Floyd County Prepares Citizens for Future Disasters with New Mass Alert System
Inland Flooding 2/1/2009 Floyd County
Floyd County, GA - Located northwest of Atlanta just at the Georgia-Alabama state line, Floyd County has a long history of severe weather events. The most recent event, an Enhanced Fujita Scale EF3 tornado, struck the town just after noon on Saturday, March 15, 2008. This tornado cut a half-mile swath across Polk, Floyd, and Bartow counties with winds estimated at 150 miles per hour. The devastation in Floyd County included one fatality, two injuries, the total destruction of five homes, major damage to seven homes, and minor damage to five homes. Many residents and county officials decided after this event that they needed an advance warning system for severe weather in order to mitigate future losses.
Floyd County has had seven Presidential Disaster Declarations since 1990 as a result of flooding, tornadoes, severe thunderstorms, and severe ice storms. The county has weathered through 67 severe thunderstorm events, 20 flood events, and 16 severe winter weather events in just the past 10 years. The area residents have also witnessed the devastating destruction of 12 tornadoes within the last 50 years.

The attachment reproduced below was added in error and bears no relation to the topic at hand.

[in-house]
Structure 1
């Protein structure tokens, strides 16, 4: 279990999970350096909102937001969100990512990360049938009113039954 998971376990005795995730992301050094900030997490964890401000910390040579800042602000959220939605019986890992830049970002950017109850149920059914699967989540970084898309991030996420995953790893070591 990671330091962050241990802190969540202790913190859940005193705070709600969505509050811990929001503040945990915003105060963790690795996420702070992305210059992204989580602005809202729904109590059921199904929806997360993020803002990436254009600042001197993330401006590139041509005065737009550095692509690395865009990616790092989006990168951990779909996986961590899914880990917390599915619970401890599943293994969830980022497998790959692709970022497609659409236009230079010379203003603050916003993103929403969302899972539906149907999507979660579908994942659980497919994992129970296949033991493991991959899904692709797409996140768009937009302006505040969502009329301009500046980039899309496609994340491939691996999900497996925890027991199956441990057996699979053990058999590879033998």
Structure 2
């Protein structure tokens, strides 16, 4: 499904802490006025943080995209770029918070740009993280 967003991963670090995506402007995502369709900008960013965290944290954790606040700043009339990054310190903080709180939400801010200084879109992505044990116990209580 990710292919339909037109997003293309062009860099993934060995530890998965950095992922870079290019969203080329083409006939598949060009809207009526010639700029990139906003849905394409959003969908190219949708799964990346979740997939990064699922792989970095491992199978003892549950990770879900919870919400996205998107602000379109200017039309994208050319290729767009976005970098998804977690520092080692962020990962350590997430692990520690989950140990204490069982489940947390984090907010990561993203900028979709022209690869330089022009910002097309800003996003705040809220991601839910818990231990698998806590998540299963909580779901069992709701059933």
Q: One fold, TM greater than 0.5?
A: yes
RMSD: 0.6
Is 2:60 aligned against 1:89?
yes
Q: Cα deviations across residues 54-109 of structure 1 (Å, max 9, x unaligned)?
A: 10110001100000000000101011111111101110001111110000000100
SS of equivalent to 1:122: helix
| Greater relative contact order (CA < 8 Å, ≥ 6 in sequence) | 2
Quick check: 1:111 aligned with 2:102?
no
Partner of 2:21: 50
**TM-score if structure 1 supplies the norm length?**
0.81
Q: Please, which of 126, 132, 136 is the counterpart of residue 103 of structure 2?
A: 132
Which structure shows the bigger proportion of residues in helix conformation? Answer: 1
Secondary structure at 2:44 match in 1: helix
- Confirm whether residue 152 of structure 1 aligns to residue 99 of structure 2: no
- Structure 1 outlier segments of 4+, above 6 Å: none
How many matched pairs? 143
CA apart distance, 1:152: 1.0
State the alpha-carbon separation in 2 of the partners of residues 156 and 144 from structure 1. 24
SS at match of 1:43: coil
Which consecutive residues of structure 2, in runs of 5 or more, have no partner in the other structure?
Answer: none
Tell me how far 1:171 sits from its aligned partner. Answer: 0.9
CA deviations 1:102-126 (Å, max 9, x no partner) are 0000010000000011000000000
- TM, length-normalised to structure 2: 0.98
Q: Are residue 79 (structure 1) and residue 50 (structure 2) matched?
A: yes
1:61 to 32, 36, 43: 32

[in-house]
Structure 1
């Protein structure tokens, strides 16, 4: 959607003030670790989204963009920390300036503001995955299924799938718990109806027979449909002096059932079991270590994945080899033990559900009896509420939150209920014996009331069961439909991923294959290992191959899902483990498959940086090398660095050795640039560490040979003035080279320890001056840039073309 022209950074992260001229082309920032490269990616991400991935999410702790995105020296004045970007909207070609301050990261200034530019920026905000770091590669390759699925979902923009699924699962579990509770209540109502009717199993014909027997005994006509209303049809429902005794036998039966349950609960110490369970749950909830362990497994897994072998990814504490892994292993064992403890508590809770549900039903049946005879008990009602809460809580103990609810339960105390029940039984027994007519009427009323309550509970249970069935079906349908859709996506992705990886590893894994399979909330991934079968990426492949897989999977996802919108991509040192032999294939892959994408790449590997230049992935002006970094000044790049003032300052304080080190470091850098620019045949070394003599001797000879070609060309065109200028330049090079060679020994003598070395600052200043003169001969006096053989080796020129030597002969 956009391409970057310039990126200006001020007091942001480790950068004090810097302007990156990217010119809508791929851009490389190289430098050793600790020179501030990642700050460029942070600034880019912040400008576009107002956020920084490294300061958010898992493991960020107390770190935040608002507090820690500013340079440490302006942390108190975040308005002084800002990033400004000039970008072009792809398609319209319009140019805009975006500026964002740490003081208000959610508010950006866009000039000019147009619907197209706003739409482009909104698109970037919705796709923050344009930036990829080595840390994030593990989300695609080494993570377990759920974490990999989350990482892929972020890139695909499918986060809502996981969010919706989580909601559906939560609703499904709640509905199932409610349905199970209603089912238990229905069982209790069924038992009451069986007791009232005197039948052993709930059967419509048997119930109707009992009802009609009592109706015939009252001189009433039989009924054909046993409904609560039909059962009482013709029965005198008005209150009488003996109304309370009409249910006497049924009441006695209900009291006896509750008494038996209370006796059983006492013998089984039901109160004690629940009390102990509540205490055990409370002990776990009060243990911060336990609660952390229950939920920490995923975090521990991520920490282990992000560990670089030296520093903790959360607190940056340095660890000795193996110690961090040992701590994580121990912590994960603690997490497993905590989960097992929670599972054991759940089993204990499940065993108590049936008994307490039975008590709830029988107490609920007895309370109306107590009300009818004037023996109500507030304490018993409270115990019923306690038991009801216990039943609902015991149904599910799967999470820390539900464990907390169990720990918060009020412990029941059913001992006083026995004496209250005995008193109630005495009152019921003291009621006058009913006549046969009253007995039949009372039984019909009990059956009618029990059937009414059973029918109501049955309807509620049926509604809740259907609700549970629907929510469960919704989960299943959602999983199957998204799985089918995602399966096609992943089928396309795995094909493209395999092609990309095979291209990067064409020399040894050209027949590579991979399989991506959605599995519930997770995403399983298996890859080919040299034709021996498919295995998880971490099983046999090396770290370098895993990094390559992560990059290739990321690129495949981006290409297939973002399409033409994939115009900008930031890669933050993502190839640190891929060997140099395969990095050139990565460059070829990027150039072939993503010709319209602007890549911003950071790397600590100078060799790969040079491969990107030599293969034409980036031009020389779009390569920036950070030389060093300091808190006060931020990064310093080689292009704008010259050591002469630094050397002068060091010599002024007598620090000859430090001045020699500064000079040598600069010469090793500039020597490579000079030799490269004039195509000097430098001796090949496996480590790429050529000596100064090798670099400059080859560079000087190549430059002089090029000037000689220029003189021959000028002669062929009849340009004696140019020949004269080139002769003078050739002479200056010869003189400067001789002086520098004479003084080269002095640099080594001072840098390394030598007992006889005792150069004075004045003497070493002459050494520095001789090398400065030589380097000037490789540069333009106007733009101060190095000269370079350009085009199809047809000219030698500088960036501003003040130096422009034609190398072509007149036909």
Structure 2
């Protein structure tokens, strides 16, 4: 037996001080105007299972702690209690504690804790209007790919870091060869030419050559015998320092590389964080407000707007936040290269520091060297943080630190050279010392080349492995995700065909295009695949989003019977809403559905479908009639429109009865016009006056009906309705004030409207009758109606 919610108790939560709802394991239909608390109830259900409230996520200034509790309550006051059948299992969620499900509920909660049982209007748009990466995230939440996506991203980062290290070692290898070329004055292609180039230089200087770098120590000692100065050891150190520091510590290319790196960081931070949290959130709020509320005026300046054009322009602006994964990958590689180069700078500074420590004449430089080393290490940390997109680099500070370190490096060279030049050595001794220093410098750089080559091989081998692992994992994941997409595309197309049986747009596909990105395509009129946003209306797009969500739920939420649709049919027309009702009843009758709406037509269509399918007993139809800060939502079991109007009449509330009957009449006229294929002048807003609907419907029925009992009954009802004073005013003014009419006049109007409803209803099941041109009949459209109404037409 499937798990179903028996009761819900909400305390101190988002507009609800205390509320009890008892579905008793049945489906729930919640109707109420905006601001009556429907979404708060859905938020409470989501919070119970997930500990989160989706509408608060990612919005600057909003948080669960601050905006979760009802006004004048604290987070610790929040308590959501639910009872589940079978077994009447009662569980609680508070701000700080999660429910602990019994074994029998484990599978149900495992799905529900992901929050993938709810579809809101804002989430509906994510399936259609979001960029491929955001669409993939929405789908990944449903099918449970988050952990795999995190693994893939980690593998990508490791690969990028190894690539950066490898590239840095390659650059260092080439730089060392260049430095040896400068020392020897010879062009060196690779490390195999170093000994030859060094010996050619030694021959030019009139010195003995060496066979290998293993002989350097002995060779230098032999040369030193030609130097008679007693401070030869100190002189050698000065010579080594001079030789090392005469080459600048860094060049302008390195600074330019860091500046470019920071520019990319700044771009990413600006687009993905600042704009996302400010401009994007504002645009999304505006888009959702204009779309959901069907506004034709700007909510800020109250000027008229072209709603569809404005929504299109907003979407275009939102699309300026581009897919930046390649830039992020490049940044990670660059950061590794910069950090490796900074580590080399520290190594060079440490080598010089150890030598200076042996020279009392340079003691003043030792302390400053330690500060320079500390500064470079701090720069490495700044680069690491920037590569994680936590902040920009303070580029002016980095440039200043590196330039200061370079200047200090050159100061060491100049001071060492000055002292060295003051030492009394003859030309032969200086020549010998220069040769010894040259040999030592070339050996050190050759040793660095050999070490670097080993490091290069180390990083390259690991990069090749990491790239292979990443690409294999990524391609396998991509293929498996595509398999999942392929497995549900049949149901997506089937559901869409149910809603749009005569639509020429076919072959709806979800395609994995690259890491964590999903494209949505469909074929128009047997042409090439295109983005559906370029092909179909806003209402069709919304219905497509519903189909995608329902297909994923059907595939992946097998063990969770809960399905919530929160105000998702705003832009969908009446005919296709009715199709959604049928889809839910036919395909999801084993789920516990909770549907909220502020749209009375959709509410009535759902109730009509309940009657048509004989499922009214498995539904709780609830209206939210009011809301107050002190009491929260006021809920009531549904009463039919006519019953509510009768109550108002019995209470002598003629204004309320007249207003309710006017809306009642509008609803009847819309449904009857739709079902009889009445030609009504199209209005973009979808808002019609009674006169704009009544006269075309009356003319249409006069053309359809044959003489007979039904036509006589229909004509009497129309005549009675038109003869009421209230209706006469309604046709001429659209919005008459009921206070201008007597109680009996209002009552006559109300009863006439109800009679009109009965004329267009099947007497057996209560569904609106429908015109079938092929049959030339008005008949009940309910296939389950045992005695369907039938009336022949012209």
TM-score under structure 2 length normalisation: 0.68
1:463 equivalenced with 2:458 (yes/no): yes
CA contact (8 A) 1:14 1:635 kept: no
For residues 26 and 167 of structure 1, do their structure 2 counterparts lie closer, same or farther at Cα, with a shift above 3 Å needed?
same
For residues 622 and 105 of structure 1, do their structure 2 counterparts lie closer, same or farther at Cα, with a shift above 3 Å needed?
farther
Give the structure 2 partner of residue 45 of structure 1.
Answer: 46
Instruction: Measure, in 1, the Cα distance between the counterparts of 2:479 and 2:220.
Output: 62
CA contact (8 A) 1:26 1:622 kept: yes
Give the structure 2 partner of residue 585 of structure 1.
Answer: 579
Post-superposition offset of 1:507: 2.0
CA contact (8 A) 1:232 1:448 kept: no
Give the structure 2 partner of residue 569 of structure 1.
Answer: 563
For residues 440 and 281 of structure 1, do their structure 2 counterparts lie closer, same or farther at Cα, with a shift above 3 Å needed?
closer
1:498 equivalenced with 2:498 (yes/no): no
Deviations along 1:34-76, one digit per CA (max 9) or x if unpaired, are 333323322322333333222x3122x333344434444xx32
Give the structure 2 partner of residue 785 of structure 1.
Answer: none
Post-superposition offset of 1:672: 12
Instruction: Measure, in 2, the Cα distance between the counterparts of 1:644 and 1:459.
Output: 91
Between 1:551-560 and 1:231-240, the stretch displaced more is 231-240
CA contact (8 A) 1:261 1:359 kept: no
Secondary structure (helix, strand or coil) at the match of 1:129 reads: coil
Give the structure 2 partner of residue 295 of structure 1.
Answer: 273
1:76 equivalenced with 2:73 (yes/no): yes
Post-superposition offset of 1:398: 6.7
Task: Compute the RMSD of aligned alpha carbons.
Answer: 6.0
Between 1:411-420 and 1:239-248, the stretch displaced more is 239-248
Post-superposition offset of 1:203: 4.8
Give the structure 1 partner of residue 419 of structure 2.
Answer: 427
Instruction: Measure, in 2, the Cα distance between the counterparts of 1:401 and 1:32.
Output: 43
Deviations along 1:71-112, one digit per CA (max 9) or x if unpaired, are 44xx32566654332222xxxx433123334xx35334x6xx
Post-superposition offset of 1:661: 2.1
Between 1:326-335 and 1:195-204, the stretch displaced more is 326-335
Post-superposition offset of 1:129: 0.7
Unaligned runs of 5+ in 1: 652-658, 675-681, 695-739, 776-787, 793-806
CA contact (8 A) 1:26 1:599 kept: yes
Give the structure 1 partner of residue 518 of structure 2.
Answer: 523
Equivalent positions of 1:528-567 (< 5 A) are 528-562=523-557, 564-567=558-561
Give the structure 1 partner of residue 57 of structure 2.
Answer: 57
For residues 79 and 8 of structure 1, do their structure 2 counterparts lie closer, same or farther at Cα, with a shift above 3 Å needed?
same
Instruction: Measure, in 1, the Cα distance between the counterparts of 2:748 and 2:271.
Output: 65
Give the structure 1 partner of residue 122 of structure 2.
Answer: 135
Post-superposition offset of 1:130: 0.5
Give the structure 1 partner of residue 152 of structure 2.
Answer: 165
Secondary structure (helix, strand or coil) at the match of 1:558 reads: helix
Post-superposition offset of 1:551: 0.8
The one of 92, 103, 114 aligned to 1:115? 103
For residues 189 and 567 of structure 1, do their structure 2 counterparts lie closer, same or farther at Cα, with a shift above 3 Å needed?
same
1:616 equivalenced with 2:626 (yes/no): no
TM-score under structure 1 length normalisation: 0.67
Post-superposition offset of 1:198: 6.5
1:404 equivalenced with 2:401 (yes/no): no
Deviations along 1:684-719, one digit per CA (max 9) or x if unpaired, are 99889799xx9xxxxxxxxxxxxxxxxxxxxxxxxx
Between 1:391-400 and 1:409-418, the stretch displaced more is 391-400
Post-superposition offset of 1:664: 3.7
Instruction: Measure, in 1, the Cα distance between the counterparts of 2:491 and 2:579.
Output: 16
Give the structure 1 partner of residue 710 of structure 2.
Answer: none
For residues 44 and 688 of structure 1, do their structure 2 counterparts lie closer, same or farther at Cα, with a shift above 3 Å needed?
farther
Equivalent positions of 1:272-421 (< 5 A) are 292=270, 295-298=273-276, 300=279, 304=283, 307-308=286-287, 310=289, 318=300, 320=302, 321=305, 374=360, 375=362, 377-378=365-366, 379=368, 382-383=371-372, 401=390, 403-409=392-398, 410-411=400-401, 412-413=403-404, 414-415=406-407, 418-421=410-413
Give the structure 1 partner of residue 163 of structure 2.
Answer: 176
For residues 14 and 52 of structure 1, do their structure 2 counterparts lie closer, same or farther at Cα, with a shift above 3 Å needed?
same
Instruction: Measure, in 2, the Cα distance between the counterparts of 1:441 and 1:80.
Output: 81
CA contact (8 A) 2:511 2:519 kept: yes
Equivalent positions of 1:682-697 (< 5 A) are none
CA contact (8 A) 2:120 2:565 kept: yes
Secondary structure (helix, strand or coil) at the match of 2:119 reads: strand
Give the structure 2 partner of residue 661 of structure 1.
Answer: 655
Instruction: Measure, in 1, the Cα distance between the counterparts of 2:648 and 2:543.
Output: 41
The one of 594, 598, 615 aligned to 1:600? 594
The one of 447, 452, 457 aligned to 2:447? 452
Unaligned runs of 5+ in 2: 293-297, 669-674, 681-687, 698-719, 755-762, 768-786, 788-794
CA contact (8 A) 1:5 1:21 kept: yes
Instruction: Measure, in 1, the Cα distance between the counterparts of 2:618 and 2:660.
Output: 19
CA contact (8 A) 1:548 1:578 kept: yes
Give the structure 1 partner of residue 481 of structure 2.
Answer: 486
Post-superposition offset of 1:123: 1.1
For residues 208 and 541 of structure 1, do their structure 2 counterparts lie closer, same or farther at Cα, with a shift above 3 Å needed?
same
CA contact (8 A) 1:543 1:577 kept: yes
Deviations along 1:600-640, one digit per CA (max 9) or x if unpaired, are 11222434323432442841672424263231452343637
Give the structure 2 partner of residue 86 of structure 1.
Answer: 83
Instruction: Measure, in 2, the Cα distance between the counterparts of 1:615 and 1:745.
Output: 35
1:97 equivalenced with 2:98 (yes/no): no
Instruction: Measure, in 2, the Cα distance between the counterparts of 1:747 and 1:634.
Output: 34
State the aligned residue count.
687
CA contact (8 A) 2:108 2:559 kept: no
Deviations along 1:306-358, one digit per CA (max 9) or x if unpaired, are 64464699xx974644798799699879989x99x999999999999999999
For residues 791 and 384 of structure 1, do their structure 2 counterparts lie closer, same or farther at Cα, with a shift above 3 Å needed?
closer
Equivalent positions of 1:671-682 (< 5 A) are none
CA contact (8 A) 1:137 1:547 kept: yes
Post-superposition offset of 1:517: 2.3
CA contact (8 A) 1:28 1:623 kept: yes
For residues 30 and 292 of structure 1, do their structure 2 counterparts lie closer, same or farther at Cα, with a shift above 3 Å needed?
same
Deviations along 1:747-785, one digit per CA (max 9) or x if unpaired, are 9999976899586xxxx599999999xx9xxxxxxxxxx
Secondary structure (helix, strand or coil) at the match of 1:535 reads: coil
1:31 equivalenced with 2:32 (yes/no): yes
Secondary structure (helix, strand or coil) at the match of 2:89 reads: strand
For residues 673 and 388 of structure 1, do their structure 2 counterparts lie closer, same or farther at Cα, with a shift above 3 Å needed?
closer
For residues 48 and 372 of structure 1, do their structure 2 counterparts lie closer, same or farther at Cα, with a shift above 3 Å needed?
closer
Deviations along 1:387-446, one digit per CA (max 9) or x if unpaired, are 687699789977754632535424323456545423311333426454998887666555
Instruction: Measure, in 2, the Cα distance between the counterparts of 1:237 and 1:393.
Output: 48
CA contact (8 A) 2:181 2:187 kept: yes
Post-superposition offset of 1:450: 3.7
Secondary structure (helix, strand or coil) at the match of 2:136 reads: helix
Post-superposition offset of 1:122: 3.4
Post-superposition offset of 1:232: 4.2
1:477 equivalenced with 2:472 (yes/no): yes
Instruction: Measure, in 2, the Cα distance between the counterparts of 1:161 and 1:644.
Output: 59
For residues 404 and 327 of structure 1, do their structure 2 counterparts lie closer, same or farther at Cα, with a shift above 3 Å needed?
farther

Given the area’s history of hazards Floyd County decided to apply for funds through the Federal Emergency Management Agency (FEMA) Hazard Mitigation Grant Program (HMGP) to furnish a mass alert system that would mitigate future risks for the area’s residents. The mitigation activity they chose, the CodeRED Weather Warning system, is a geographically based notification system that notifies residents of approaching dangers by calling their phones. It requires the citizens to register their addresses with their phone numbers so the system can notify them according to their geographical location. After receiving FEMA’s approval for their mass alert system project through the HMGP program, the county immediately began implementing the scope of work outlined in their application.
When the county first inquired about a hazard mitigation grant for a mass alert system, there was no idea how quickly the system would be put to use or how popular it would be with the residents. To announce the system’s activation on March 24, 2009, over 28,600 calls to citizens were made.
As of July 15, 2009 a total of 9,195 Floyd County phone numbers were registered to receive the mass alert calls. Since its activation, the county has utilized the system a total of 125 times, mainly for severe weather and tornado warnings. By the time it relayed its very first alert for a severe thunderstorm warning within the first 24 hours of operation, many citizens had already signed up for the service.
Scotty Hancock, the Floyd County Emergency Management Director comments, “We were amazed at the response we received from the installation of this system. So many residents were so appreciative of the warning calls to their phones in the hours after the initial launch. More than a month after the implementation of this system, I am still hearing people thank the county for investing in this system; not one negative comment so far. We have been extremely impressed with this and hope to expand services in the future.”